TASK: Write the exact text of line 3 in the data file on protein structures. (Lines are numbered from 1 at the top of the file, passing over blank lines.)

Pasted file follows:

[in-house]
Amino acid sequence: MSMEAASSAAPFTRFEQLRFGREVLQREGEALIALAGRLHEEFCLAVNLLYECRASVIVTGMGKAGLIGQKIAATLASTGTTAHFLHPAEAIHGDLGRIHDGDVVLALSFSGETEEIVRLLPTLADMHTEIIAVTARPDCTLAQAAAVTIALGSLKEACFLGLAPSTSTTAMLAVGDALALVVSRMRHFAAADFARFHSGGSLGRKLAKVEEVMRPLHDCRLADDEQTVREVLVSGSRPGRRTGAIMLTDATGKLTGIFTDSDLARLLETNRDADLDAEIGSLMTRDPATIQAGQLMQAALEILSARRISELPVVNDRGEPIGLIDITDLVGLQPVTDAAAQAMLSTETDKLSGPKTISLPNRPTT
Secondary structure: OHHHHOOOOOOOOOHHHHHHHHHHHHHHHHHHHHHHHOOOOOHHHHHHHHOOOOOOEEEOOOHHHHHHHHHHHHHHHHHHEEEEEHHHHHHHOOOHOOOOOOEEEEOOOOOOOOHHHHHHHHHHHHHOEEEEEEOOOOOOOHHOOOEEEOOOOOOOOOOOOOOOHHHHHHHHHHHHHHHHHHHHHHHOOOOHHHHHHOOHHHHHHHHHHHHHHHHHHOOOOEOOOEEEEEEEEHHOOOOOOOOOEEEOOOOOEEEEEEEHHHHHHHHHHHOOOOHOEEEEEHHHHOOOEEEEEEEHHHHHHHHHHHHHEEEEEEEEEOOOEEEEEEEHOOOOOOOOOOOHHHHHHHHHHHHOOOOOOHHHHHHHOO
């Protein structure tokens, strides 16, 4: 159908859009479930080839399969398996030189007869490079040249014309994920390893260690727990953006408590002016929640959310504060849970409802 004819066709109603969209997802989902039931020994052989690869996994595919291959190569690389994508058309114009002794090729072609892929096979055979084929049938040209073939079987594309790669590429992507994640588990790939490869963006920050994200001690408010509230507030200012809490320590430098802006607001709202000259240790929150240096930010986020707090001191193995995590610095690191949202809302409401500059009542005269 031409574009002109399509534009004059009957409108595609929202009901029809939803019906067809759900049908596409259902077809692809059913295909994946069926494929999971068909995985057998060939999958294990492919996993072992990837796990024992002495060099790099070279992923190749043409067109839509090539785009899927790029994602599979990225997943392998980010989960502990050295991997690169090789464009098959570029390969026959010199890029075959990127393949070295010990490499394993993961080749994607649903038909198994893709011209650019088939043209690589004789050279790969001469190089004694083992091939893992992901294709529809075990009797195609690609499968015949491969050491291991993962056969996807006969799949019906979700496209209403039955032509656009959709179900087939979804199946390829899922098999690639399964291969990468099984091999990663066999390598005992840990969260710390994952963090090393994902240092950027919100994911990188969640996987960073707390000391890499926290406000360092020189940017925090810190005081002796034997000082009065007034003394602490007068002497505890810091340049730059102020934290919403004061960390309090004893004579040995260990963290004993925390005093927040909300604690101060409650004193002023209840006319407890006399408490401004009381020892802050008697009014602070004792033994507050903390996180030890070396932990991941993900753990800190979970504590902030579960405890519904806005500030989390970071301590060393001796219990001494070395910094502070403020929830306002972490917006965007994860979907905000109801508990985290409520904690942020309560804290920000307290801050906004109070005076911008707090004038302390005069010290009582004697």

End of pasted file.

Secondary structure: OHHHHOOOOOOOOOHHHHHHHHHHHHHHHHHHHHHHHOOOOOHHHHHHHHOOOOOOEEEOOOHHHHHHHHHHHHHHHHHHEEEEEHHHHHHHOOOHOOOOOOEEEEOOOOOOOOHHHHHHHHHHHHHOEEEEEEOOOOOOOHHOOOEEEOOOOOOOOOOOOOOOHHHHHHHHHHHHHHHHHHHHHHHOOOOHHHHHHOOHHHHHHHHHHHHHHHHHHOOOOEOOOEEEEEEEEHHOOOOOOOOOEEEOOOOOEEEEEEEHHHHHHHHHHHOOOOHOEEEEEHHHHOOOEEEEEEEHHHHHHHHHHHHHEEEEEEEEEOOOEEEEEEEHOOOOOOOOOOOHHHHHHHHHHHHOOOOOOHHHHHHHOO